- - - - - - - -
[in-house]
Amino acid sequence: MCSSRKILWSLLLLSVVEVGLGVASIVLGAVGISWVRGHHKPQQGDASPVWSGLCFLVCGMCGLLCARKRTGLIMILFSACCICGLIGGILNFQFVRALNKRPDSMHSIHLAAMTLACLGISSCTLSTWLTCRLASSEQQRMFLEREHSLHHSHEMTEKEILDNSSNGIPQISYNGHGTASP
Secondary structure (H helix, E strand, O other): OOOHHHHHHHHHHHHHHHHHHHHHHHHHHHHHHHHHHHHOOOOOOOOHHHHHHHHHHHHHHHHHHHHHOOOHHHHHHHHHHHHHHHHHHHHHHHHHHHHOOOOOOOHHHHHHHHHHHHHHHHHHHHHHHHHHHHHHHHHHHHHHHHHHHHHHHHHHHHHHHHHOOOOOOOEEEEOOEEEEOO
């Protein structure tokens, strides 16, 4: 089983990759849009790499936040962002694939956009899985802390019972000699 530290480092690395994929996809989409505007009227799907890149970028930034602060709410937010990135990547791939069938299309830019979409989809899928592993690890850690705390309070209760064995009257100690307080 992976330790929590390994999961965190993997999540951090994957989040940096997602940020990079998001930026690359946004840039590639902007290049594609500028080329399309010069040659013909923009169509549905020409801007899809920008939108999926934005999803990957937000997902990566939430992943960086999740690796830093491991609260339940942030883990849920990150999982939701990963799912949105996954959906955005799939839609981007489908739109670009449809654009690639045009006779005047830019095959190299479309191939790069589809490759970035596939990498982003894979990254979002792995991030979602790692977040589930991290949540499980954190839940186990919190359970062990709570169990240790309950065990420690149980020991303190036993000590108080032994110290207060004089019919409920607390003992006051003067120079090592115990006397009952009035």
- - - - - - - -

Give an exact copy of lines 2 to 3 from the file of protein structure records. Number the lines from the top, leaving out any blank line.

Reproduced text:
Amino acid sequence: MCSSRKILWSLLLLSVVEVGLGVASIVLGAVGISWVRGHHKPQQGDASPVWSGLCFLVCGMCGLLCARKRTGLIMILFSACCICGLIGGILNFQFVRALNKRPDSMHSIHLAAMTLACLGISSCTLSTWLTCRLASSEQQRMFLEREHSLHHSHEMTEKEILDNSSNGIPQISYNGHGTASP
Secondary structure (H helix, E strand, O other): OOOHHHHHHHHHHHHHHHHHHHHHHHHHHHHHHHHHHHHOOOOOOOOHHHHHHHHHHHHHHHHHHHHHOOOHHHHHHHHHHHHHHHHHHHHHHHHHHHHOOOOOOOHHHHHHHHHHHHHHHHHHHHHHHHHHHHHHHHHHHHHHHHHHHHHHHHHHHHHHHHHOOOOOOOEEEEOOEEEEOO